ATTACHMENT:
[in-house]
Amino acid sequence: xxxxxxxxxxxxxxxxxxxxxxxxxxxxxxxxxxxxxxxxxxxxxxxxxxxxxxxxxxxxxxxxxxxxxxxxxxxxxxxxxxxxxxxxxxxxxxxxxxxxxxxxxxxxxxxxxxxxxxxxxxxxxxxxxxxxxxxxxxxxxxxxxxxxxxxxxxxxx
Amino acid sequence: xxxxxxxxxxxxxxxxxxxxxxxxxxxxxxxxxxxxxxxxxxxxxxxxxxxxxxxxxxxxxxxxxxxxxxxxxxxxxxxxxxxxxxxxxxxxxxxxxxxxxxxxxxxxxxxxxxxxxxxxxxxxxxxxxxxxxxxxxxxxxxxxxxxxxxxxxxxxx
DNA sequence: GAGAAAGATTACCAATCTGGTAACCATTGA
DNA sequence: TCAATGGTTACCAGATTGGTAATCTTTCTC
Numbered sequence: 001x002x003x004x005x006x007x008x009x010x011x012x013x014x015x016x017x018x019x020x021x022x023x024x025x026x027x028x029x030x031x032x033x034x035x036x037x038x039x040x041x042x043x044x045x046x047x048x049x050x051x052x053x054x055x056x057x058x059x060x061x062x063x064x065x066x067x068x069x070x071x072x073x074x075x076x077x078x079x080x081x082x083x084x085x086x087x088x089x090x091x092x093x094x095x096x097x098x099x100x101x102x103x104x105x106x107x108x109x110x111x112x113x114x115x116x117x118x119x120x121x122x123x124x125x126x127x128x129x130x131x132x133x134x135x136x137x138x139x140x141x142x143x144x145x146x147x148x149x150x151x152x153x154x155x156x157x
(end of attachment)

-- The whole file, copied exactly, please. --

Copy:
[in-house]
Amino acid sequence: xxxxxxxxxxxxxxxxxxxxxxxxxxxxxxxxxxxxxxxxxxxxxxxxxxxxxxxxxxxxxxxxxxxxxxxxxxxxxxxxxxxxxxxxxxxxxxxxxxxxxxxxxxxxxxxxxxxxxxxxxxxxxxxxxxxxxxxxxxxxxxxxxxxxxxxxxxxxx
Amino acid sequence: xxxxxxxxxxxxxxxxxxxxxxxxxxxxxxxxxxxxxxxxxxxxxxxxxxxxxxxxxxxxxxxxxxxxxxxxxxxxxxxxxxxxxxxxxxxxxxxxxxxxxxxxxxxxxxxxxxxxxxxxxxxxxxxxxxxxxxxxxxxxxxxxxxxxxxxxxxxxx
DNA sequence: GAGAAAGATTACCAATCTGGTAACCATTGA
DNA sequence: TCAATGGTTACCAGATTGGTAATCTTTCTC
Numbered sequence: 001x002x003x004x005x006x007x008x009x010x011x012x013x014x015x016x017x018x019x020x021x022x023x024x025x026x027x028x029x030x031x032x033x034x035x036x037x038x039x040x041x042x043x044x045x046x047x048x049x050x051x052x053x054x055x056x057x058x059x060x061x062x063x064x065x066x067x068x069x070x071x072x073x074x075x076x077x078x079x080x081x082x083x084x085x086x087x088x089x090x091x092x093x094x095x096x097x098x099x100x101x102x103x104x105x106x107x108x109x110x111x112x113x114x115x116x117x118x119x120x121x122x123x124x125x126x127x128x129x130x131x132x133x134x135x136x137x138x139x140x141x142x143x144x145x146x147x148x149x150x151x152x153x154x155x156x157x